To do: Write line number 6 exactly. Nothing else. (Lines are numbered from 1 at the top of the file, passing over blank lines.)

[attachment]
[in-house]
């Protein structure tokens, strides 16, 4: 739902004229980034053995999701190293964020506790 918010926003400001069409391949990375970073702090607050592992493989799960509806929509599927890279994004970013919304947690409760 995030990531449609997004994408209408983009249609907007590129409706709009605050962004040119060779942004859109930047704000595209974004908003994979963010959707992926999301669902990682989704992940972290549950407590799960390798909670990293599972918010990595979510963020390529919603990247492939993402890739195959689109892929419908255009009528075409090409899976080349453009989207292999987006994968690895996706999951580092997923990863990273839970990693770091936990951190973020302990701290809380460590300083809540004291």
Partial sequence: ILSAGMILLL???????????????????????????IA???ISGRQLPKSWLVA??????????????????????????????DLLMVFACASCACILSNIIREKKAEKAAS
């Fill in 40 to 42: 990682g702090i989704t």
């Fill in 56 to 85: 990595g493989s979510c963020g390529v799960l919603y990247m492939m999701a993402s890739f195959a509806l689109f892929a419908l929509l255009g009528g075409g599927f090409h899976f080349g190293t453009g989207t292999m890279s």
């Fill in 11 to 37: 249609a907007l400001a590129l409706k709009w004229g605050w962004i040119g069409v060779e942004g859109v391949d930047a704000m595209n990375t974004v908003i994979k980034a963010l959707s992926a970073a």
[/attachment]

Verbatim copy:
């Fill in 11 to 37: 249609a907007l400001a590129l409706k709009w004229g605050w962004i040119g069409v060779e942004g859109v391949d930047a704000m595209n990375t974004v908003i994979k980034a963010l959707s992926a970073a």